by Angela Buckley
The science is out! Walking in the woods reduces cortisol levels. For those of us who have been hiking in the woods for decades, it comes as no surprise that hiking reduces stress. Few activities are more rejuvenating than spending time in nature. The Japanese recommend forest bathing. The Germans take walking vacations. Some hotels are well-situated along walking paths, so vacationers can hike in comfort: they don’t need to heavy equipment and meals and showers are easily available at the end of the day. Water is provided at the front desk specifically for these wandering vacationers. Clearly members of these cultures get it.
The skeptics and the scientists, though, need proof. Recently, more and more scientists have studied the effects of nature on the stress hormone cortisol. Studies have shown that just 20 minutes of looking at green space reduces cortisol levels. Walking in an urban environment does not significantly reduce cortisol levels but walking in a green space provides the greatest impact of the scenarios studied.
As a manager in a Fortune 500, full-time doctoral student, mom, wife, and entrepreneur…I might have a personal experience or two with high stress and cortisol levels, which is why my son and I spend so many hours hiking and backpacking. During this pandemic time-period, we must care for our mental health as well as our physical health. If I can gift my pre-teen one thing in life, it will be a love of nature. I have been strategically increasing the distances and the difficulty of terrain as he develops. Our most recent pandemic hike was trying on the trail but rewarding in its destination.
All did not go as planned…
We started a circuitous route to reach a remote mountain lake. We were excited. This hike would be his first experience swimming in a remote mountain lake. Generally, a walk in the woods is peaceful but anyone who has hiked low ridges in the Adirondacks in June will know that the flies attack ferociously. A constant buzzing accompanied us down the trail. You can pick your poison for bug spray, but none of it is 100% effective. Long stretches of hiking under these conditions test your mental fortitude. My son was struggling to maintain a positive attitude. After three hours of hiking, even the dog found new coping mechanisms.
That is exactly what I am trying to do: as a mother and developer of leaders, I intentionally want my son to be in difficult (but safe) situations. Instructional design studies in both children and adults demonstrate that we grow most when we triumph over challenges. It is critical to get the challenge right: the situation must be difficult, but success is key to the learning. Nature helps us by providing challenges while also keeping our cortisol levels down.
The challenge of hiking in the Adirondacks is that some trails are very well marked. Others have fallen into neglect. Still others are marked for winter activities instead of summer hiking. You never quite know which statement applies to which trail. We missed our turnoff to the lake – as in, that trail no longer exists. Instead of bushwhacking, we elected to return to a better marked trail (and away from the flies!) A hike that was supposed to be 4-6 miles turned into 15 miles. As mom, I was prepared: enough food for a pre-teen boy, water purifier, and a source of fire. Nonetheless, after 2-3 hours, the grumbling started.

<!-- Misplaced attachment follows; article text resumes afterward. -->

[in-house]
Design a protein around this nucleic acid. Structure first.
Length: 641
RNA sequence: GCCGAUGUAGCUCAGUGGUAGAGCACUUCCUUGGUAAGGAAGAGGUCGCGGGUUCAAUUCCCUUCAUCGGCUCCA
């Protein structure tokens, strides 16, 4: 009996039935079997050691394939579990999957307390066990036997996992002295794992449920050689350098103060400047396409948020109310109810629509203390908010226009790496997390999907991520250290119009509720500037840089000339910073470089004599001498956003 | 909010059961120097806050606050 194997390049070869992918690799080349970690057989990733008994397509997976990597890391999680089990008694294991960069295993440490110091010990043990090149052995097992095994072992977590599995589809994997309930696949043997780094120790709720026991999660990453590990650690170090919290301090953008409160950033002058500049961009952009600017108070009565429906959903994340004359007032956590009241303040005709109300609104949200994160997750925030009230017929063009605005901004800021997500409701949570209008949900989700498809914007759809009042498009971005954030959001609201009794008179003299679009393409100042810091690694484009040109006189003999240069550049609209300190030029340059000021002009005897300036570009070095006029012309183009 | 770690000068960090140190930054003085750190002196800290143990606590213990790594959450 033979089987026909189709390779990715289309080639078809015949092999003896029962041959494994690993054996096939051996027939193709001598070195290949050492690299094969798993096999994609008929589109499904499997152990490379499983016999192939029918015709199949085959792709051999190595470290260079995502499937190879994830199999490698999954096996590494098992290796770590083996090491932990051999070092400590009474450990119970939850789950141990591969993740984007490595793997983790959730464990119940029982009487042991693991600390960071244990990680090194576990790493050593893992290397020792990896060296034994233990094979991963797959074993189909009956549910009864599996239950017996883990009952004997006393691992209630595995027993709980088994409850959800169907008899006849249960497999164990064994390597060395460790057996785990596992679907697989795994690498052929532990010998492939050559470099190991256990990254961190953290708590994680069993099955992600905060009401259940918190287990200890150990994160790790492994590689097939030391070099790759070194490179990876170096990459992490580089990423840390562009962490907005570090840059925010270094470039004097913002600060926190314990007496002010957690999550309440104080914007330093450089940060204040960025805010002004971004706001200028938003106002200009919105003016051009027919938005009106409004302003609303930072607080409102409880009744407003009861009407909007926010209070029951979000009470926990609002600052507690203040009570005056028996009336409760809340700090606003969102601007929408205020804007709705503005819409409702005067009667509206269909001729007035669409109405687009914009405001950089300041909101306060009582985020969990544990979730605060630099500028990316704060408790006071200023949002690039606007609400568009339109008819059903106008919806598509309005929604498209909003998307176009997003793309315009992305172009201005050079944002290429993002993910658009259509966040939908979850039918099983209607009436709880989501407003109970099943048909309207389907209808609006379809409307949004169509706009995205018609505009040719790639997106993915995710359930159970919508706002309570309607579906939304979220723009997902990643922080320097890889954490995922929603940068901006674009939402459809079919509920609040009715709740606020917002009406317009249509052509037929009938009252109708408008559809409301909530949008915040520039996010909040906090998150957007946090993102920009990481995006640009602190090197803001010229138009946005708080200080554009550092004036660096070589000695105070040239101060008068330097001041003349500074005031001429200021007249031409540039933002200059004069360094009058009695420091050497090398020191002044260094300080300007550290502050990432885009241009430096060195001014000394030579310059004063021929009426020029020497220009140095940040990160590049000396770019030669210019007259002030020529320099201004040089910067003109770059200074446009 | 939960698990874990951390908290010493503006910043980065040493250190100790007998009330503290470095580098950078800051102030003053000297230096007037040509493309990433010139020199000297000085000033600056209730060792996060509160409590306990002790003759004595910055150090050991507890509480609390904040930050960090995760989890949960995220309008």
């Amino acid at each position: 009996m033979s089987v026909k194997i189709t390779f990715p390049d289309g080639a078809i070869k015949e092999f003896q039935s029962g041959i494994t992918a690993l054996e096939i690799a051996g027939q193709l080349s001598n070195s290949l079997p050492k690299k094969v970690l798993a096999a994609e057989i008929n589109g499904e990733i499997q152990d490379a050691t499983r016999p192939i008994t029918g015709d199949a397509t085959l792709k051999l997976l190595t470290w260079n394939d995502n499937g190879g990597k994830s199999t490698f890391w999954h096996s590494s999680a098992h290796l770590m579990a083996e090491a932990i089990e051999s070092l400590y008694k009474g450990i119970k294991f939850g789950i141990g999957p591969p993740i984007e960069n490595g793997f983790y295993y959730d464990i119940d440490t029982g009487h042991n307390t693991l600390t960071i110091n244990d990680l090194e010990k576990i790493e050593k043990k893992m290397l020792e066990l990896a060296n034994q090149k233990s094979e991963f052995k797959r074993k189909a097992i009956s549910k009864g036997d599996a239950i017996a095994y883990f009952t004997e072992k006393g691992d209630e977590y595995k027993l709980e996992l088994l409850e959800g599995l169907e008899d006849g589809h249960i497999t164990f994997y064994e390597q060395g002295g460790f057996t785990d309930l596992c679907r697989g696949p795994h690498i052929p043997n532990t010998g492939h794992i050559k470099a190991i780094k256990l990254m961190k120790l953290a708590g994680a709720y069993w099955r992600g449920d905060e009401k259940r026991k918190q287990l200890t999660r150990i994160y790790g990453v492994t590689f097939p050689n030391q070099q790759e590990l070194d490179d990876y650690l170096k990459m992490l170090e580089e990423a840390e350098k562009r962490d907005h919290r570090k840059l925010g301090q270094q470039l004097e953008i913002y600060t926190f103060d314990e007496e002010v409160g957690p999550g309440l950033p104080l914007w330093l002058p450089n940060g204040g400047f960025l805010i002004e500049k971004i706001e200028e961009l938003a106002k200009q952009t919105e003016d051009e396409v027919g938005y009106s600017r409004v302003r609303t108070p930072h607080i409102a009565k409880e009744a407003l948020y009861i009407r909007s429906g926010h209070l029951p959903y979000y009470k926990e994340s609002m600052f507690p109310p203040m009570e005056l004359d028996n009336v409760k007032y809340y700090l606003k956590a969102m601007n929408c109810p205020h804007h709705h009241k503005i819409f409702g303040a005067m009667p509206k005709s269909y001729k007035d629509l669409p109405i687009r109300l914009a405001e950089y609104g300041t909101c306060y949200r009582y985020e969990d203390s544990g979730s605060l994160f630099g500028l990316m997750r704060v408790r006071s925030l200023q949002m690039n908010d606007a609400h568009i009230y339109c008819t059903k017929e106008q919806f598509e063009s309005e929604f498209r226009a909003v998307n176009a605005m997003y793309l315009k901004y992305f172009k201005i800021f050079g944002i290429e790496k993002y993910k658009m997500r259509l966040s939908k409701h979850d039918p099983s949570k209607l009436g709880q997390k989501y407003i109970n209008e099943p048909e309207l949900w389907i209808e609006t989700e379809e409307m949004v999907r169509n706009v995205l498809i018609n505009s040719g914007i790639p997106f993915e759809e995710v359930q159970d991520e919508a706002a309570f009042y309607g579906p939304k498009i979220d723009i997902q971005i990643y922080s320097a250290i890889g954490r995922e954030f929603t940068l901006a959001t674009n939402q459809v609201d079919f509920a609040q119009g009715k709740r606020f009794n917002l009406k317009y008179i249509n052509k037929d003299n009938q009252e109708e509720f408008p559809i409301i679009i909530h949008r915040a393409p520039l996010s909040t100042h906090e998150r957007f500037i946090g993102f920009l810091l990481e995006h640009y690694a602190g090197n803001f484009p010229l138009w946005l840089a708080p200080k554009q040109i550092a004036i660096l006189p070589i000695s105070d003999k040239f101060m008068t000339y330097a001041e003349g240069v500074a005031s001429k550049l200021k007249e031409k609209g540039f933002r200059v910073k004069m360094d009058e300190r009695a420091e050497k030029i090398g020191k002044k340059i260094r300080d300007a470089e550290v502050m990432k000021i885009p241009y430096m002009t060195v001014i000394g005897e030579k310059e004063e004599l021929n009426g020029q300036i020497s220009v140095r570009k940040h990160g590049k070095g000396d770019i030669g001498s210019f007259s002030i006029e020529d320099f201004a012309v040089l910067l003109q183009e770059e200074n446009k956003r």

Here is where mental fortitude is developed. He was worried about his dog. The dog was fine. He was hungry. We already ate. Didn’t we already walk far enough? We could go home and come back another day. Oh, and did I mention the flies? It is amazing how unfair life is when flies are buzzing you. Negative memories come flooding in. This time is when we must intentionally practice positive imagery and fortitude development. I’m not going lie: there was a period of 30 minutes on the trail where his pre-teen-ness was showing itself in all its glory. No amount of green was overcoming my mom-stress in those moments. However, we got to higher elevation (fewer flies). And, we arrived at our destination.
We did not set out for a mental development hike. We expected a reasonably easy day hike: day to rejuvenate and de-stress in nature. Our plan had been 4-6 miles round trip, a couple of hours playing at the lake. The day turned out to be much longer. At one point, the boy wanted to simply give up. By pushing through, he learned how strong his body is. By continuing to hike, he learned more about how to control his mind and his emotions.
The journey to mental fortitude is personal and long. To become stronger, we must challenge ourselves. We must also know how to recover. We call these challenges mental push-ups. Nature supports part of the recovery necessary for our mind and body by reducing our cortisol levels. Take a hike. Push yourself just a little farther.
Ewert, A., & Chang, Y. (2018). Levels of Nature and Stress Response. Behavioral sciences (Basel, Switzerland), 8(5), 49. https://doi.org/10.3390/bs8050049
Hiromitsu, K., Chorong, S., Harumi, I., Bum-Jin, P., Takahide, K., Yoshifumi, M. (2019). Combined Effect of Walking and Forest Environment on Salivary Cortisol Concentration. Frontiers in Public Health. DOI=10.3389/fpubh.2019.00376
Angela Buckley is the principal at Creatively Efficient. She is the author of the Strength in Nature leadership series. She is currently finishing her Ph.D. in Organizational Leadership.